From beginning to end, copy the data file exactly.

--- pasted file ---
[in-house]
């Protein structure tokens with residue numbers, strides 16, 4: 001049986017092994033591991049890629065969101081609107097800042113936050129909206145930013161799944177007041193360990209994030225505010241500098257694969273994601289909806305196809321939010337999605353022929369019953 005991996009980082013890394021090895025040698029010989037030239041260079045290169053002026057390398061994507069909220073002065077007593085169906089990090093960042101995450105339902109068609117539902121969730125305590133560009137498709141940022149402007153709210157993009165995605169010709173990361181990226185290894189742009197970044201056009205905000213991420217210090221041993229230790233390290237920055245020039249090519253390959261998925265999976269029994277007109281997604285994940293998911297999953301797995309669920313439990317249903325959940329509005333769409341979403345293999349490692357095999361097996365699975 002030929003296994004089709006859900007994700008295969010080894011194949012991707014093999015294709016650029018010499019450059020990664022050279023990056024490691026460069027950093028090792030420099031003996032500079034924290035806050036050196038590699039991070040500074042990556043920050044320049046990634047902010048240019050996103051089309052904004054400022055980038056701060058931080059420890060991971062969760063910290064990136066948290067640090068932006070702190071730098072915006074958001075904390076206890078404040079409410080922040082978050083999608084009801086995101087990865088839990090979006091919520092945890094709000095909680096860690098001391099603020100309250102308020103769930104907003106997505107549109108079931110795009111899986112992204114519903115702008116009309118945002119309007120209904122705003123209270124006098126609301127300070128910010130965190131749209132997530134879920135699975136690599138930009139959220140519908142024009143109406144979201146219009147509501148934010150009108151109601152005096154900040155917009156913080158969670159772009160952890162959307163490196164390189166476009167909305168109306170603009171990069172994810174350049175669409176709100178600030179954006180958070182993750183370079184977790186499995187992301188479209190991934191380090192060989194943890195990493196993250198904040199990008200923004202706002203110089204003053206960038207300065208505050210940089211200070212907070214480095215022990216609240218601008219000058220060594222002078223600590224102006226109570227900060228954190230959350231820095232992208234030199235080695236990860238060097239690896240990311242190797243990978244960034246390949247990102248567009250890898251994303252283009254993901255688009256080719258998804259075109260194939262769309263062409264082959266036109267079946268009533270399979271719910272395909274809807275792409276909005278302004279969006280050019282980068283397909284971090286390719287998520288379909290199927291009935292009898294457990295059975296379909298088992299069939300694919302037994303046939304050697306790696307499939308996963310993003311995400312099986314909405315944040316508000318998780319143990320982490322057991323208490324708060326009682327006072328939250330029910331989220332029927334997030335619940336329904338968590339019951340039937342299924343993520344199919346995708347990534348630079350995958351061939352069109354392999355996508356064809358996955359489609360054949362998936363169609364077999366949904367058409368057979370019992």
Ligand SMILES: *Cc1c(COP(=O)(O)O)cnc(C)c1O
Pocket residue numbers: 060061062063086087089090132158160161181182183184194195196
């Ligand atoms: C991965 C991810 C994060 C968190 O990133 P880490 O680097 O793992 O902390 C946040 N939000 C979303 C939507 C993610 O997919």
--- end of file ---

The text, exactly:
[in-house]
């Protein structure tokens with residue numbers, strides 16, 4: 001049986017092994033591991049890629065969101081609107097800042113936050129909206145930013161799944177007041193360990209994030225505010241500098257694969273994601289909806305196809321939010337999605353022929369019953 005991996009980082013890394021090895025040698029010989037030239041260079045290169053002026057390398061994507069909220073002065077007593085169906089990090093960042101995450105339902109068609117539902121969730125305590133560009137498709141940022149402007153709210157993009165995605169010709173990361181990226185290894189742009197970044201056009205905000213991420217210090221041993229230790233390290237920055245020039249090519253390959261998925265999976269029994277007109281997604285994940293998911297999953301797995309669920313439990317249903325959940329509005333769409341979403345293999349490692357095999361097996365699975 002030929003296994004089709006859900007994700008295969010080894011194949012991707014093999015294709016650029018010499019450059020990664022050279023990056024490691026460069027950093028090792030420099031003996032500079034924290035806050036050196038590699039991070040500074042990556043920050044320049046990634047902010048240019050996103051089309052904004054400022055980038056701060058931080059420890060991971062969760063910290064990136066948290067640090068932006070702190071730098072915006074958001075904390076206890078404040079409410080922040082978050083999608084009801086995101087990865088839990090979006091919520092945890094709000095909680096860690098001391099603020100309250102308020103769930104907003106997505107549109108079931110795009111899986112992204114519903115702008116009309118945002119309007120209904122705003123209270124006098126609301127300070128910010130965190131749209132997530134879920135699975136690599138930009139959220140519908142024009143109406144979201146219009147509501148934010150009108151109601152005096154900040155917009156913080158969670159772009160952890162959307163490196164390189166476009167909305168109306170603009171990069172994810174350049175669409176709100178600030179954006180958070182993750183370079184977790186499995187992301188479209190991934191380090192060989194943890195990493196993250198904040199990008200923004202706002203110089204003053206960038207300065208505050210940089211200070212907070214480095215022990216609240218601008219000058220060594222002078223600590224102006226109570227900060228954190230959350231820095232992208234030199235080695236990860238060097239690896240990311242190797243990978244960034246390949247990102248567009250890898251994303252283009254993901255688009256080719258998804259075109260194939262769309263062409264082959266036109267079946268009533270399979271719910272395909274809807275792409276909005278302004279969006280050019282980068283397909284971090286390719287998520288379909290199927291009935292009898294457990295059975296379909298088992299069939300694919302037994303046939304050697306790696307499939308996963310993003311995400312099986314909405315944040316508000318998780319143990320982490322057991323208490324708060326009682327006072328939250330029910331989220332029927334997030335619940336329904338968590339019951340039937342299924343993520344199919346995708347990534348630079350995958351061939352069109354392999355996508356064809358996955359489609360054949362998936363169609364077999366949904367058409368057979370019992």
Ligand SMILES: *Cc1c(COP(=O)(O)O)cnc(C)c1O
Pocket residue numbers: 060061062063086087089090132158160161181182183184194195196
């Ligand atoms: C991965 C991810 C994060 C968190 O990133 P880490 O680097 O793992 O902390 C946040 N939000 C979303 C939507 C993610 O997919």